>>> [9]<http://en.wikipedia.org/wiki/%C3%89rainn#cite_note-8>; Another
>>> prominent ?rainn people of early Munster are believed to have been the
>>> Mairtine<http://en.wikipedia.org/wiki/Mairtine>;, who by the early
>>> historical period have completely vanished from the Irish landscape,
>>> although they may be in part ancestral to the later D?isi Tuisceart<http://en.wikipedia.org/wiki/D%C3%A9isi_Tuisceart>;
>>> and D?l gCais<http://en.wikipedia.org/wiki/D%C3%A1l_gCais>.[10]<http://en.wikipedia.org/wiki/%C3%89rainn#cite_note-9>;
>>> The D?isi Muman<http://en.wikipedia.org/wiki/D%C3%A9isi_Muman>; may also
>>> have had ?rainn origins, but this has long been disputed.
>> Note that Osraige is Ossory - where my family comes from.
>> It seems likely the Iverni were related to the
>> Darini<http://en.wikipedia.org/wiki/Darini>; of
>>> eastern Ulster<http://en.wikipedia.org/wiki/Ulster>.[11]<http://en.wikipedia.org/wiki/%C3%89rainn#cite_note-10>; The
>>> name "Darini" implies descent from an ancestor called D?ire<http://en.wikipedia.org/wiki/D%C3%A1ire>;,
>>> (**D?rios*)[4]<http://en.wikipedia.org/wiki/%C3%89rainn#cite_note-OR-3>; as
>>> claimed by several historical peoples identified as ?rainn, including the
>>> D?l Riata and D?l Fiatach in eastern Ulster[12]<http://en.wikipedia.org/wiki/%C3%89rainn#cite_note-11>; as
>>> well the ?rainn of Munster. An early name for Dundrum, County Down<http://en.wikipedia.org/wiki/Dundrum,_County_Down>;,
>>> is recorded as *D?n Droma D?irine*, and the name D?irine<http://en.wikipedia.org/wiki/D%C3%A1irine>; was
>>> applied to the Corcu Lo?gde, further suggesting a relationship between the
>>> Darini and the Iverni.[4]<http://en.wikipedia.org/wiki/%C3%89rainn#cite_note-OR-3>;
>> The genealogies trace the descent of the ?rainn from two separate eponymous
>>> ancestors, Ailill ?rann and ?ar mac Dedad<http://en.wikipedia.org/wiki/%C3%8Dar_mac_Dedad>;.
>>> Legendary relatives of the latter include the Cland Dedad<http://en.wikipedia.org/wiki/Cland_Dedad>; (offspring
>>> of Deda mac Sin<http://en.wikipedia.org/wiki/Deda_mac_Sin>;), a Munster
>>> people who appear in the Ulster Cycle<http://en.wikipedia.org/wiki/Ulster_Cycle>;,
>>> led by C? Ro?<http://en.wikipedia.org/wiki/C%C3%BA_Ro%C3%AD>;, son of D?ire
>>> mac Dedad<http://en.wikipedia.org/wiki/D%C3%A1ire_mac_Dedad>;, and the
>>> legendary High King<http://en.wikipedia.org/wiki/High_King_of_Ireland>; Conaire
>>> M?r<http://en.wikipedia.org/wiki/Conaire_M%C3%B3r>;, grandson of Iar and
>>> ancestor of the S?l Conairi<http://en.wikipedia.org/wiki/S%C3%ADl_Conairi>;.
>>> The historical sept of the U? Maicc Iair ("grandsons of the son of Iar") and
>>> the MAQI IARI of ogham inscriptions also appear to be related.[13]<http://en.wikipedia.org/wiki/%C3%89rainn#cite_note-12>; The
>>> personal name *Iar* is simply another variant of the root present in
>>> Iverni and ?rainn.[14]<http://en.wikipedia.org/wiki/%C3%89rainn#cite_note-13>; Finally,
>>> the name *?th*, given in the genealogies as the ultimate ancestor of the
>>> Corcu Lo?gde (D?irine) and offering some confusion about their parentage and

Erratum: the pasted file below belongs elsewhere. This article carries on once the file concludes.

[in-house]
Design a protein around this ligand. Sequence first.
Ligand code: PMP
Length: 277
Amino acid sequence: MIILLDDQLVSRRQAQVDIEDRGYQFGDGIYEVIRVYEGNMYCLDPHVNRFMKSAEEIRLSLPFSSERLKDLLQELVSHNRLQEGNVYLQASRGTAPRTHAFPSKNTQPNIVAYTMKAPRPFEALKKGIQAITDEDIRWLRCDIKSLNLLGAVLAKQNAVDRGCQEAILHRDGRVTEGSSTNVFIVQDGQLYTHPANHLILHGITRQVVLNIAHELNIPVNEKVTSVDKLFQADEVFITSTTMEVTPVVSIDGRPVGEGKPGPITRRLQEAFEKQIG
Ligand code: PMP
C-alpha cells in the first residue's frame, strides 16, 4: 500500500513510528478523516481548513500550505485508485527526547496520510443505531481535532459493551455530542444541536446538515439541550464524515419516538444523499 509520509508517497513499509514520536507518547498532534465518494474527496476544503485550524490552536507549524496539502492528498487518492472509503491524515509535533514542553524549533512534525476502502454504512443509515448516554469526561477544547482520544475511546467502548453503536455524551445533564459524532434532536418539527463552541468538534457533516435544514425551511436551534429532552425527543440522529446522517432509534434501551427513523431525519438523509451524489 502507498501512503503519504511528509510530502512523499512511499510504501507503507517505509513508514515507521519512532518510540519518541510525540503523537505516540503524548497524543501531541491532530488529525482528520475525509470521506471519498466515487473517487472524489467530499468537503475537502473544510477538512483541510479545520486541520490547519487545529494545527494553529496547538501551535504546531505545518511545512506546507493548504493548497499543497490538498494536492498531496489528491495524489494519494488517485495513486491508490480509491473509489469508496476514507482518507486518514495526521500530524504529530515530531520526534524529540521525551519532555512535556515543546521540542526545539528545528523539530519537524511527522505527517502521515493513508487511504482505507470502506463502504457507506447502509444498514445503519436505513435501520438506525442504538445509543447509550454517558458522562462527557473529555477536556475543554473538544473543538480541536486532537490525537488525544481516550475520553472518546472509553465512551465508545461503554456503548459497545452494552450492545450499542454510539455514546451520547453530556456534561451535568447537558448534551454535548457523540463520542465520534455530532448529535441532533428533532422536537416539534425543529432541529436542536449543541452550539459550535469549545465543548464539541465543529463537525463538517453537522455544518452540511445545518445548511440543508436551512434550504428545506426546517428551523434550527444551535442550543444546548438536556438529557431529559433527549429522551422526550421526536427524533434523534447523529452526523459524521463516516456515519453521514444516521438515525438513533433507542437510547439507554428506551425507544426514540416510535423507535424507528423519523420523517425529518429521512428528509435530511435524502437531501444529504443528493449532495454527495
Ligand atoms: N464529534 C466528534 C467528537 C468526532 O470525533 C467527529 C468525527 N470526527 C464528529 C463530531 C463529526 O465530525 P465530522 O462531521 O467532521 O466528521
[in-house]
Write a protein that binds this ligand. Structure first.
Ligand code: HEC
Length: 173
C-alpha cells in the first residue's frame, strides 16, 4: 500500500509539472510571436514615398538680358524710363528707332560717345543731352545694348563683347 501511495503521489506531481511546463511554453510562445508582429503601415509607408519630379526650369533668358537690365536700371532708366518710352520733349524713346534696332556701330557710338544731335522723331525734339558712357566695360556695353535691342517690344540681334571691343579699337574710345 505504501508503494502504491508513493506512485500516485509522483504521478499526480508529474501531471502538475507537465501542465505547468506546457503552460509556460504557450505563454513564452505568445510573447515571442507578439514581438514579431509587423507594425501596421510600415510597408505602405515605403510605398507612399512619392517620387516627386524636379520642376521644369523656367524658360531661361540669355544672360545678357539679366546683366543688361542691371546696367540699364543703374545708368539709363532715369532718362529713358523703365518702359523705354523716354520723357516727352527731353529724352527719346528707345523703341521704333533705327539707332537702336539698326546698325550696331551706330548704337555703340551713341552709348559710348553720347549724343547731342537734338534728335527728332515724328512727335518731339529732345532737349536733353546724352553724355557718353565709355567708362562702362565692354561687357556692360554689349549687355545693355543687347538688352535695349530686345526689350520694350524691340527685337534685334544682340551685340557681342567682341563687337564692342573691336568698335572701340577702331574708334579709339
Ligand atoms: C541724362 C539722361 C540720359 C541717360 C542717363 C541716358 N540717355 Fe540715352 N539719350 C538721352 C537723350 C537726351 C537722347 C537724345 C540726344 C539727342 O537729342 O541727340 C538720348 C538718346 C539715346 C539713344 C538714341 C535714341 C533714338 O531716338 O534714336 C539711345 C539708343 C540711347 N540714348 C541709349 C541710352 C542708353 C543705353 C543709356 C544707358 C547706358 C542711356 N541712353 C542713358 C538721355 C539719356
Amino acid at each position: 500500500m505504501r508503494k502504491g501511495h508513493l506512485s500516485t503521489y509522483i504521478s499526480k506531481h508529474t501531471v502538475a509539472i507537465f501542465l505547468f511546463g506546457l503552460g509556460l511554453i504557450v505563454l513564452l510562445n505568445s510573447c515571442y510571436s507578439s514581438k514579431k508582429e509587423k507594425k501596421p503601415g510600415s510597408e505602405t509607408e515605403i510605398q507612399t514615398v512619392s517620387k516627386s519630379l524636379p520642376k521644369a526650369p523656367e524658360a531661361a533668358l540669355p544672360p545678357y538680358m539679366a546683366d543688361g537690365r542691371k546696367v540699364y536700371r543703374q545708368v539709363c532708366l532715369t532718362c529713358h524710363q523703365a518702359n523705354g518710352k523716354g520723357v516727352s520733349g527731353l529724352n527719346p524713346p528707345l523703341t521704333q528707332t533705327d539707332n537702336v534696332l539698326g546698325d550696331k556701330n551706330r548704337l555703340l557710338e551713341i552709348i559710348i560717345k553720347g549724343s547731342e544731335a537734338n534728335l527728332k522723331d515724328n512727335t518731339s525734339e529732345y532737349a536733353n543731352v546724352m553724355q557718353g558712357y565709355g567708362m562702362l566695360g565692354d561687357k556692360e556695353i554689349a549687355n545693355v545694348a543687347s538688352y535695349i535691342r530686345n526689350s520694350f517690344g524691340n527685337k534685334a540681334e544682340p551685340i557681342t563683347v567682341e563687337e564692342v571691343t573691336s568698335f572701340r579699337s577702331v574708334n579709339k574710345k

>>> relation to the Iverni, in fact preserves the same Indo-European root *
>>> *peiH-* ("to be fat, swell"),[15]<http://en.wikipedia.org/wiki/%C3%89rainn#cite_note-14>; thus
>>> in effect completing a basic picture of the Iverni/?rainn and their kindred
>>> in later historical Ireland.
>> C? Ro?<http://en.wikipedia.org/wiki/C%C3%BA_Ro%C3%AD>; = Conroy
>> Conaire = Conroy
>> T. F. O'Rahilly<http://en.wikipedia.org/wiki/T._F._O%27Rahilly>; identified
>>> the ?rainn with the mythological Fir Bolg<http://en.wikipedia.org/wiki/Fir_Bolg>; and
>>> the historical Belgae<http://en.wikipedia.org/wiki/Belgae>; of Gaul<http://en.wikipedia.org/wiki/Gaul>;
>>> and Britain<http://en.wikipedia.org/wiki/Great_Britain>;. He proposed
>>> that they invaded from Britain and spoke a Brythonic<http://en.wikipedia.org/wiki/Brythonic_languages>; language,
>>> which he named Ivernic and identified with a language referred to in a
>>> number of early sources as *Iarnnb?lrae*, *Iarnb?lrae*, and *Iarmb?rla*,
>>> which, if treated as Old Irish<http://en.wikipedia.org/wiki/Old_Irish>;,
>>> means "Iron-speech". The 9th-century Irish dictionary *Sanas Cormaic<http://en.wikipedia.org/wiki/Sanas_Cormaic>;
>>> * ("Cormac's glossary") describes *Iarnnb?lrae* as a recently extinct
>>> language which was "dense and difficult", and records two words which
>>> derived from it.[4]<http://en.wikipedia.org/wiki/%C3%89rainn#cite_note-OR-3>; However,
>>> by the proto-historical period the ?rainn were evidently Goidelic<http://en.wikipedia.org/wiki/Goidelic>-speaking,
>>> as evidenced by the fact that ogham<http://en.wikipedia.org/wiki/Ogham>; inscriptions
>>> in Primitive Irish<http://en.wikipedia.org/wiki/Primitive_Irish>; are most
>>> abundant in Counties Cork and Kerry.[16]<http://en.wikipedia.org/wiki/%C3%89rainn#cite_note-15>;
>> More on C? Ro?<http://en.wikipedia.org/wiki/C%C3%BA_Ro%C3%AD>;:
>> http://en.wikipedia.org/wiki/C?_Ro?
>> Cheers,
>> Paul
>> On Mon, Aug 22, 2011 at 5:32 PM, Paul Conroy<> wrote:
>>> Gerry,
>>> I posted the following about 1 year ago on this list:
>>> Going back to the original subject, I see more info on "Conaire M?r"
>>> (Conroy the Great) here:
>>> http://en.wikipedia.org/wiki/Conaire_M%C3%B3r
>>> Specifically that:
>>> A descendant of ?ar mac Dedad<http://en.wikipedia.org/wiki/%C3%8Dar_mac_Dedad>;,
>>> Conaire belonged to the legendary Clanna Dedad<http://en.wikipedia.org/wiki/Clanna_Dedad>;,
>>> the legendary royal family of the ?rainn<http://en.wikipedia.org/wiki/%C3%89rainn>;.
>>> His descendants in Ireland and Scotland<http://en.wikipedia.org/wiki/Scotland>; were
>>> known as the S?l Conairi<http://en.wikipedia.org/wiki/S%C3%ADl_Conairi>;.
>>> The last king in the direct male line from Conaire M?r was Alexander III
>>> of Scotland<http://en.wikipedia.org/wiki/Alexander_III_of_Scotland>;.
>>> The Clanna Dedad has an interesting geneology:<http://en.wikipedia.org/wiki/Conaire_M%C3%B3r>;
>>> Descent of the Clanna Dedad